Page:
We're planting to tackle climate change
Native woods and trees are one of the best ways to tackle the climate crisis.
And we're pledging to get 50 million trees in the ground over the next five years, helping to put the UK on track to meet its carbon net-zero target.
A Norfolk farmer is helping to fight the nature and climate crises with hundreds of native trees.
Watching his young woodland grow is bringing joy to sixth-generation farmer George Atkin and his family.
The new native trees, including oak, wild cherry and Scots pine, were planted to capture carbon and create wildlife habitats.
Planted in winter 2016 with help from the Woodland Trust, the 283-hectare mixed farm in west Norfolk is already reaping the benefits.
Investing in tomorrow
George planted half a hectare of trees, filling gaps in the canopy of an existing wood and creating a new block of woodland close to the farmhouse.
The Trust’s MOREwoods scheme was the perfect fit for the project, providing expert planting advice and subsidised trees from assured tree nurseries.
“These woods marked the start of an environmental journey for me, the foundation of ensuring the farm is passed on in a better condition for the next generation,” George explains.
Tree planting and management
Once the saplings were dug in, wood chip was laid to retain moisture in the light, sandy soils. A 400m hedge was also planted to link up the two woods, acting as an important corridor to help wildlife move between them.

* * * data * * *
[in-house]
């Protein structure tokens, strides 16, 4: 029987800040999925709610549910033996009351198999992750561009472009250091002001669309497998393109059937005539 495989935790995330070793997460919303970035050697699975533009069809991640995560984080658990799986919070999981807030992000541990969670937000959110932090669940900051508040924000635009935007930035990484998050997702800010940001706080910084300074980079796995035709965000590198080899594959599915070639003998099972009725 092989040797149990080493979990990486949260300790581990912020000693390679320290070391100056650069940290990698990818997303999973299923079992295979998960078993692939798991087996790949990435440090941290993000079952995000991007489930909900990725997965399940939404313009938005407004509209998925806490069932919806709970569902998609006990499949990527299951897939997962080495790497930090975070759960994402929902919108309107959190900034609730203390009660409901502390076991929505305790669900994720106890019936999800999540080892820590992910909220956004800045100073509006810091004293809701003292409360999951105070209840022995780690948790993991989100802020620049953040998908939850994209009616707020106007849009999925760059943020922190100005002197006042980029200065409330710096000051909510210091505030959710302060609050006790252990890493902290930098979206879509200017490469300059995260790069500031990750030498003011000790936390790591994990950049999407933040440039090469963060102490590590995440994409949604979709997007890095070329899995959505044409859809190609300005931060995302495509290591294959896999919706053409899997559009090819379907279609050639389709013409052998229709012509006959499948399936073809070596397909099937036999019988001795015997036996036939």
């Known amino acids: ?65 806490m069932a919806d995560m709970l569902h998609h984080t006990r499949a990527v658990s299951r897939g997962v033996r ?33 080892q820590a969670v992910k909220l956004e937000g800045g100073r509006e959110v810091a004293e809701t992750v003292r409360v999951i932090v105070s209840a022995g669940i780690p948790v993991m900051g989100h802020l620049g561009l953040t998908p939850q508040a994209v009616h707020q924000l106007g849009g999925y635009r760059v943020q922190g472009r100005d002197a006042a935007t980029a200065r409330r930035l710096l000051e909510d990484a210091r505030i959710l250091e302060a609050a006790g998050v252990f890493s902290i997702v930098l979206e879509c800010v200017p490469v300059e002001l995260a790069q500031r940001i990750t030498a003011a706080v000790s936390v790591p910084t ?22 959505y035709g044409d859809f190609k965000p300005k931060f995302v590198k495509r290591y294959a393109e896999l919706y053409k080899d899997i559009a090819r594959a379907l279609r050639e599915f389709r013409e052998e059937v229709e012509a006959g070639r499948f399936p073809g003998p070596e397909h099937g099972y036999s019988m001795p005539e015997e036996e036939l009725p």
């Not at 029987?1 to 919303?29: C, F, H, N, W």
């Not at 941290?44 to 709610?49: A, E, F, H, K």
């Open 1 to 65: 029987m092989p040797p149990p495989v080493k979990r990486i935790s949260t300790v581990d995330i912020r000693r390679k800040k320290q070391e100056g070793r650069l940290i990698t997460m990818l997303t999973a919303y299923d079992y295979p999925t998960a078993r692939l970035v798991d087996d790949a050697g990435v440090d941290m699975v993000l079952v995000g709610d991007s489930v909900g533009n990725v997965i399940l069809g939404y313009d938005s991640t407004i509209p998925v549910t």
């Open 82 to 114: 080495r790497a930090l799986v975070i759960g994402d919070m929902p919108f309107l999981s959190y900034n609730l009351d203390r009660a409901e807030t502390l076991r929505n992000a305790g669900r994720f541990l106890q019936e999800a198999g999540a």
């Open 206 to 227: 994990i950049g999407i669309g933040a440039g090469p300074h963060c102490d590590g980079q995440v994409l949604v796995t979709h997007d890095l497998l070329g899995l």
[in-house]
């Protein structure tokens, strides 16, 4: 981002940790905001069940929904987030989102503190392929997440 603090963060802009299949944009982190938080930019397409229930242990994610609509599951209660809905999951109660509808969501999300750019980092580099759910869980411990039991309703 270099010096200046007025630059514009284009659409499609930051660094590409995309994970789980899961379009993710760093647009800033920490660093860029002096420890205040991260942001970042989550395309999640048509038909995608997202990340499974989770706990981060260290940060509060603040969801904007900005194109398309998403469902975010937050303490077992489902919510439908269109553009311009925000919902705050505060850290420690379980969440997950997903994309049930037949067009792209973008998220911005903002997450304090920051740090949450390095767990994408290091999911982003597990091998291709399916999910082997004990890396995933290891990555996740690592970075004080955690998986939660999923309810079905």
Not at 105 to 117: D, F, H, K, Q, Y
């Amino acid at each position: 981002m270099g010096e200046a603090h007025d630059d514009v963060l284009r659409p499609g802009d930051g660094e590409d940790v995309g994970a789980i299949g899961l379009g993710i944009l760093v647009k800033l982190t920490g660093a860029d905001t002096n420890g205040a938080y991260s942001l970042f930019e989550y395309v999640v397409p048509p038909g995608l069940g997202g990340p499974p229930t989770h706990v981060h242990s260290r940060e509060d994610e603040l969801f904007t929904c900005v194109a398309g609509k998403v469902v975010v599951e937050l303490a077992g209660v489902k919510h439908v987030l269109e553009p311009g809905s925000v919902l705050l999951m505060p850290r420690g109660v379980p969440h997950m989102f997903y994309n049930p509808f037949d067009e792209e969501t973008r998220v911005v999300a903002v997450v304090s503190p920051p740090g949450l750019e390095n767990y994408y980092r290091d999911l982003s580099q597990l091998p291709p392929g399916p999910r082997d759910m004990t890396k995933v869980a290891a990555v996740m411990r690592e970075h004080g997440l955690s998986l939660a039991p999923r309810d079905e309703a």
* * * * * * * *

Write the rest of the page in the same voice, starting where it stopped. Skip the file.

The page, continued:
“I had a great deal of help from friends,” George continues. “It was very hard work over the course of two weeks, but well worth it in the end!”
The new trees are now partly managed as coppice to provide wood fuel for the farmhouse, and partly for nature, where the understory will be improved with shade-loving woodland species.
Now hooked on planting, George has already created a traditional orchard full of local varieties too.
Exploring more opportunities
With an appetite for more trees, an agroforestry system could be on the horizon for George. This would involve planting native trees in alleys between arable crops which could then be harvested for fuel or timber.
His future plantings will be made even more eco-friendly by using fencing or denser planting to offset losses in place of plastic guards for protection.
Finally, George plans to collect seed from some of the farm’s oldest trees so he can propagate his own trees.
Reap the benefits on your farm
Trees should be in every farmer’s toolbox. They help boost productivity, resilience and the health of the environment – with no need for trade off with food production.
At George’s farm, the trees are bringing added benefits as windbreaks for crops, shelter for livestock and enhancing the landscape character.
The Woodland Trust, with generous funding from Lloyds Banking Group, offers expert advice and funding to make your planting project a success.
For anyone planting over half a hectare, the MOREwoods scheme is ideal – it’s already created more than 3,000ha of woodland in the UK.
“I am very thankful to the Woodland Trust,” concludes George, “not only for the trees but more importantly UK sourced woodland regeneration and new plantings. I hope they continue to help communities, schools, farms, landowners and individuals to do their bit for improving and increasing our country’s native woodland.”
Start planting trees with subsidised schemes
From creating a shelterbelt to harvesting your own wood fuel, the Trust will provide tailored advice on the best species and methods to achieve your goals.
Experts will visit your site, guide your application from start to finish, and arrange tree delivery and protection.
No obligation advice and support is available for eligible schemes even if you decide not to plant. Saplings supplied are all sourced and grown in the UK.
Call 0330 333 5303 or visit the Woodland Trust website.